As world grasps for rice, Cambodia's success story
The rice-exporting country has seen a dramatic rebound thanks to years of agricultural research.
Phnom Penh, Cambodia
For 30 years the rice fields at a commune on the outskirts of Phnom Penh lay mostly barren and unused, a legacy of the Khmer Rouge, the Communist regime that led almost 2 million Cambodians to their death, many from starvation.Skip to next paragraph
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But today Cambodia has a rice surplus. And these fields are incubating some of the most advanced rice technology in Cambodia, under the tutelage of the Cambodian Agricultural Research Institute (CARDI), which is at the center of Cambodia's largely unheralded "green" revolution.
As the global food crisis continues to spark riots and rationing, Cambodia's turnaround showcases the power – and the limits – of rice research, experts say. Few countries in modern history have engineered as dramatic an agricultural rebound as Cambodia.
In 10 years, beginning in 1987, by applying the tool suite of the Green Revolution – new rice varieties, improved irrigation, and better fertilizer – the country has risen to a peak of rice output, producing enough rice to be self-sufficient for the first time in 25 years.
"It has been a big achievement for [Cambodia]," says Men Sarom, CARDI's director. "And I think research contributed a lot to that."
The kernel of that research was first planted in the 1960s, when scientists at the International Rice Research Institute (IRRI), a pioneering agricultural institute based in the Philippines, developed higher-yield varieties of grain and introduced new systems of irrigation and fertilizer. Thus was born the Rice Revolution.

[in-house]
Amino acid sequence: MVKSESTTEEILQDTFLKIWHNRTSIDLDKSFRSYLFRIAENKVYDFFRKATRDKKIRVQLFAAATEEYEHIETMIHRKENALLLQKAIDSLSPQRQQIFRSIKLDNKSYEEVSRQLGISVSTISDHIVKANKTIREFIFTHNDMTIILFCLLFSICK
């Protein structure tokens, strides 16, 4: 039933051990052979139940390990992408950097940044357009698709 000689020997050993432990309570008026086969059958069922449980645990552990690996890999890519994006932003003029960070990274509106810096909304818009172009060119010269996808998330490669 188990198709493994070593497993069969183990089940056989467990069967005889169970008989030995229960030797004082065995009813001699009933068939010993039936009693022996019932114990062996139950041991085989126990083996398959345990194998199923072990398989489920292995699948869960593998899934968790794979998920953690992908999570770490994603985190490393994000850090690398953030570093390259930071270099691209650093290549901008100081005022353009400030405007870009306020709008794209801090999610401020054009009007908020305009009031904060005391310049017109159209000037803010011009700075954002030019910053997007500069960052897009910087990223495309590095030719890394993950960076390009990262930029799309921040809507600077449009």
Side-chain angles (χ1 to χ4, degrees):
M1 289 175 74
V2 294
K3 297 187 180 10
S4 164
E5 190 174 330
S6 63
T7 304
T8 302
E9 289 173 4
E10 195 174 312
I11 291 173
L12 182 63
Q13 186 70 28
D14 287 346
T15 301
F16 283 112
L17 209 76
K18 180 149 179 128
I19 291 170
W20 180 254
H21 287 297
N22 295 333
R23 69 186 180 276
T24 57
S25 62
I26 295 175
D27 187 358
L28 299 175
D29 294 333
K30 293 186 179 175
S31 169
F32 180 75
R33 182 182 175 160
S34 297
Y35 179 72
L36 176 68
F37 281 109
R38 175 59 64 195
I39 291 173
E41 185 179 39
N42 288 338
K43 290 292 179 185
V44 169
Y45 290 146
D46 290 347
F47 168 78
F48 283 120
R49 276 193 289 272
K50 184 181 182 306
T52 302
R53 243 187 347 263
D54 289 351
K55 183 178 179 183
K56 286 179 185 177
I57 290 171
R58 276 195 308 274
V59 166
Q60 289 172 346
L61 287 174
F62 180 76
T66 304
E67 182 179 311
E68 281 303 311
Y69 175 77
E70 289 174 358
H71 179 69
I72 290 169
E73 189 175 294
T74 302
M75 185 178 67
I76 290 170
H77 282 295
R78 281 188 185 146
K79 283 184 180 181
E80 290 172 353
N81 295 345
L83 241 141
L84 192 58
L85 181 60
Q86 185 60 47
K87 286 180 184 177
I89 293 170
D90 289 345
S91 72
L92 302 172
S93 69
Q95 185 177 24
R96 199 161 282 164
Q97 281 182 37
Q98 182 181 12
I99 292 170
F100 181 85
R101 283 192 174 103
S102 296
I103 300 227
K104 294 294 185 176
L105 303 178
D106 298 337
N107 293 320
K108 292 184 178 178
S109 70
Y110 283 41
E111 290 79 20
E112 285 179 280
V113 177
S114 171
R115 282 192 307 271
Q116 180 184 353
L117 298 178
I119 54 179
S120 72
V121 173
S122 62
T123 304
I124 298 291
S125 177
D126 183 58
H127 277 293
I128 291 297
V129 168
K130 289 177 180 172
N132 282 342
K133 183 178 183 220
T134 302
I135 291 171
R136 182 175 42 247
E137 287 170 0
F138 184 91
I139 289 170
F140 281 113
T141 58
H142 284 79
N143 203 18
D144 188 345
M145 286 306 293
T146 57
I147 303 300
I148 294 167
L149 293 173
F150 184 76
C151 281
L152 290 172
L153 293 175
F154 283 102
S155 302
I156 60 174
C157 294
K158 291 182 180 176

Of particular importance was IR8, a rice variety that had a yield double that of normal rice, was less susceptible to disease and more responsive to fertilizer. Dubbed the "miracle rice," it has been credited with averting massive famine in India, Africa, and throughout the developing world in the 1970s.
Cambodia is home to one of the Green Revolution's greatest successes. In 1969, Cambodia's annual rice production was 4 million tons a year, a healthy output. But by 1980, the 6 million people who had survived the Communist Khmer Rouge era, from 1975 to 1978, were on the brink of starvation. By 1997, however, Cambodia had been virtually reborn: its rice fields were producing nearly as much rice as they had in 1969, but on half the land, making the country rice self-sufficient once again.
The rebound was the result of a collaboration between the Cambodian government, the IRRI, and the Australia government, which together invested millions of dollars in irrigation, infrastructure, and fertilizer beginning in 1987. They also trained 1,300 scientists and support staff to revitalize the country's agricultural system. And the new high-yielding rice varieties allowed farmers to produce more on less land.
Today, experts say, Cambodia's yields have risen from 1.35 tons per hectare to 2.5 tons per hectare. It produces enough to export – more than a million tons this year – but recently imposed export controls to ensure it has enough for its own people.